MLWS 2020 District of North Vancouver Field Trip
DNV Field Trip
On January 11th, the Master of Land and Water Systems students and faculty ventured to the District of North Vancouver for the first field trip of the new year. The group braved the wind chill in the company of MLWS alumna Erika Nassichuk, an Environmental Protection Officer and Richard Boase, a Section Manager Environmental Sustainability (Operations) at the District of North Vancouver. Erika and Richard welcomed us with a short presentation at the District of North Vancouver Municipal Hall before we got back on the road and headed to our first stop, Grousewoods Basin. There, we saw an example of a DNV flood mitigation project with restoration planting completed in 2019 and discussed their Wildfire Hazard Development Permit Area and mitigation works. Next, we visited Stellar Place to view a creek bank stabilization project shared between the DNV and a private landowner.
A short walk from the Cleveland Dam parking lot brought the group to the Prospect Small Lot Infill Area. Erika and Richard spoke about how lots in this area are subdivided from large, single-family lots into two 33’ wide single-family lots. Richard tested the students’ knowledge with a fun pop-quiz about stormwater management and tree retention before walking back to the Dam. The Cleveland Dam, a favourite dog-walking spot for the locals, resulted in the creation of Capilano Lake, a manmade drinking water source for the Lower Mainland. It proved to be an excellent spot for a group photo! Afterwards, the group drove to Handsworth Secondary School to learn about the various impacts of stormwater outfalls into an urban salmon-bearing stream. Further down a path, the group had the chance to see a Coho spawning habitat.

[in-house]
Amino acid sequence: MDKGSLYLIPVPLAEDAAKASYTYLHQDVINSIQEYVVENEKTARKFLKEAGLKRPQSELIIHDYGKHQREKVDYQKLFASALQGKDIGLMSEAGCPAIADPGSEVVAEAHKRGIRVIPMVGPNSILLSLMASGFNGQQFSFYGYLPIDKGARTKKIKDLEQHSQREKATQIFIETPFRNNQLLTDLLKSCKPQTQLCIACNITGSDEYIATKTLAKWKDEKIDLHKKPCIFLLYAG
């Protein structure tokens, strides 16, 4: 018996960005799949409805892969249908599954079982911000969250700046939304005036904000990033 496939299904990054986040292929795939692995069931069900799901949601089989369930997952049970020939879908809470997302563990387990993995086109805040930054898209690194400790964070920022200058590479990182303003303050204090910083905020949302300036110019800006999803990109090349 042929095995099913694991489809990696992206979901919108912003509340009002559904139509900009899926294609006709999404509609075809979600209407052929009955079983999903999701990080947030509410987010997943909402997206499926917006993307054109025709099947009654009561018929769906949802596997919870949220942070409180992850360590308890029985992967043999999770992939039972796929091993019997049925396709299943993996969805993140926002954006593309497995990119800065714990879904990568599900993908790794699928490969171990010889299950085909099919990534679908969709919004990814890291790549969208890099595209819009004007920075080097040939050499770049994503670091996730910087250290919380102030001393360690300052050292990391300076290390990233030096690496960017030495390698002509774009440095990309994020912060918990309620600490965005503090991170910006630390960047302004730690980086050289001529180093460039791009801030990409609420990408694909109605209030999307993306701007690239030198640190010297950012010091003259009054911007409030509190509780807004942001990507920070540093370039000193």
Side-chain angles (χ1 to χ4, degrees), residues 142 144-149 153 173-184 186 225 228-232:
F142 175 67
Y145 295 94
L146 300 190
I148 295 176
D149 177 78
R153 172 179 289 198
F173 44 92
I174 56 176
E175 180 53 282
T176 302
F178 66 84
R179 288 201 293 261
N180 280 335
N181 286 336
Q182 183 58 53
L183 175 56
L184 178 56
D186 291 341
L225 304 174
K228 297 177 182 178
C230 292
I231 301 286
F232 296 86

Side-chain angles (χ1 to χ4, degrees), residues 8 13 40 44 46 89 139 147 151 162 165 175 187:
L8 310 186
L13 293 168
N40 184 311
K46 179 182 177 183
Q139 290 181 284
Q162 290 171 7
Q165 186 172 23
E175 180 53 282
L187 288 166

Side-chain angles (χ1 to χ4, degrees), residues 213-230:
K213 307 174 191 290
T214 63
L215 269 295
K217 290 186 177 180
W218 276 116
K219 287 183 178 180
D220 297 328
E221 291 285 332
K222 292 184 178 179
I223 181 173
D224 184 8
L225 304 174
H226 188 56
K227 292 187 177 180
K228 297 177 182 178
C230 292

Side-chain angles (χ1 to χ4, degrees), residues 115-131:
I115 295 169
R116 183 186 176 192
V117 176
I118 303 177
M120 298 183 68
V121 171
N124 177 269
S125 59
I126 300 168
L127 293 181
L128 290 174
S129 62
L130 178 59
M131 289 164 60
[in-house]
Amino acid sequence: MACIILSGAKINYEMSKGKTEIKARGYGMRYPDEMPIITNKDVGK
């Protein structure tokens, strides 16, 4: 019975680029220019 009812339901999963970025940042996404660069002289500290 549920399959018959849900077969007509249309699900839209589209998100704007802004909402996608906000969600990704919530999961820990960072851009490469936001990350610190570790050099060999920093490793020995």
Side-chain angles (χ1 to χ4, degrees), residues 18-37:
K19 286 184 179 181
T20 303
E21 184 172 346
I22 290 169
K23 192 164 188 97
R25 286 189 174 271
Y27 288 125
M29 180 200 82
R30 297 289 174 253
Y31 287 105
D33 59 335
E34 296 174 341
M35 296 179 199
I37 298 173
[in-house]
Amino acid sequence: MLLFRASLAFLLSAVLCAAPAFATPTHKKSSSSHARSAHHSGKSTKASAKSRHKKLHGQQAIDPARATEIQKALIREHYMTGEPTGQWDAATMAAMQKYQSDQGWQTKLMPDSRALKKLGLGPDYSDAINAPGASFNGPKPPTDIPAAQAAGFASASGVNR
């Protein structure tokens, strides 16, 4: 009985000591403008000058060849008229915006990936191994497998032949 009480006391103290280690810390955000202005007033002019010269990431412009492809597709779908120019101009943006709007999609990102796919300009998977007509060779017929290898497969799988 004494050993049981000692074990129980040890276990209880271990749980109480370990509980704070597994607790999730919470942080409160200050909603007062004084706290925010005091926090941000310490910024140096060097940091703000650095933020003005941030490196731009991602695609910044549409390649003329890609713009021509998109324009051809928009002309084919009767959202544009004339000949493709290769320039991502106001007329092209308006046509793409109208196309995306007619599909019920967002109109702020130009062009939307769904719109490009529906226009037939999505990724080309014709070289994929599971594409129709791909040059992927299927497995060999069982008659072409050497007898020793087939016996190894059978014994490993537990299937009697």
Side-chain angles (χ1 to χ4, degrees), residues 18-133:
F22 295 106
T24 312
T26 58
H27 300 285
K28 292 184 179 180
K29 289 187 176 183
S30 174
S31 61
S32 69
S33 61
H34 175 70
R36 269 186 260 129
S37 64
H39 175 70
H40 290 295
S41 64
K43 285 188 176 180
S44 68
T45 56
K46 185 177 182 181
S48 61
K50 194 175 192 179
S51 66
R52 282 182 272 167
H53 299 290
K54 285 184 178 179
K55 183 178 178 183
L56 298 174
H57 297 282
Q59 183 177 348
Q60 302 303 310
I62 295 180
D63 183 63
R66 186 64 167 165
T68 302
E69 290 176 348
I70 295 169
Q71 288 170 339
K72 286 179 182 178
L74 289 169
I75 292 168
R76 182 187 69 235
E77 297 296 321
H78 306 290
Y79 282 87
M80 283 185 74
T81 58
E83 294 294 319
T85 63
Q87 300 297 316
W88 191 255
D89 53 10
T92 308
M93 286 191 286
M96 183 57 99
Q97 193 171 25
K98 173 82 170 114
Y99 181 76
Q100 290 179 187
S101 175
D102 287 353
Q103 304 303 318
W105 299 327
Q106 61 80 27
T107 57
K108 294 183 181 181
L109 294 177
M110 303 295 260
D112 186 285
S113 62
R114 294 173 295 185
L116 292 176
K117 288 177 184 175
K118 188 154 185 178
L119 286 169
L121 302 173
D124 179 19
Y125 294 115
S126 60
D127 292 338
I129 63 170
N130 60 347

Soups up! The group enjoyed boxed lunches at the Capilano River Hatchery before discussing salmon species found in the River. With stomachs full, the group looked at a constructed, blocked-off channel habitat feature created by the DNV. Erika and Richard pointed out the young willow stake plantings, the first in the area. Finally, the last stop of the day was to Lower Mackay Creek. The group took a walk along the creek, checking out restoration projects, a salmon spawning habitat, pollution issues and an estuary infill area. Richard and Erika pointed out the impacts of beaver activity on the urban stream and their on-going management activities to try and “co-exist” with the beavers. We ended this jam-packed, informative day with a sleepy bus ride back to campus.
Thank you so much to our hosts, Erika Nassichuk and Richard Boase from the District of North Vancouver!
If you would like to learn more about the Master of Land and Water Systems, or how the program can help give you the tools to advance your career, visit our website!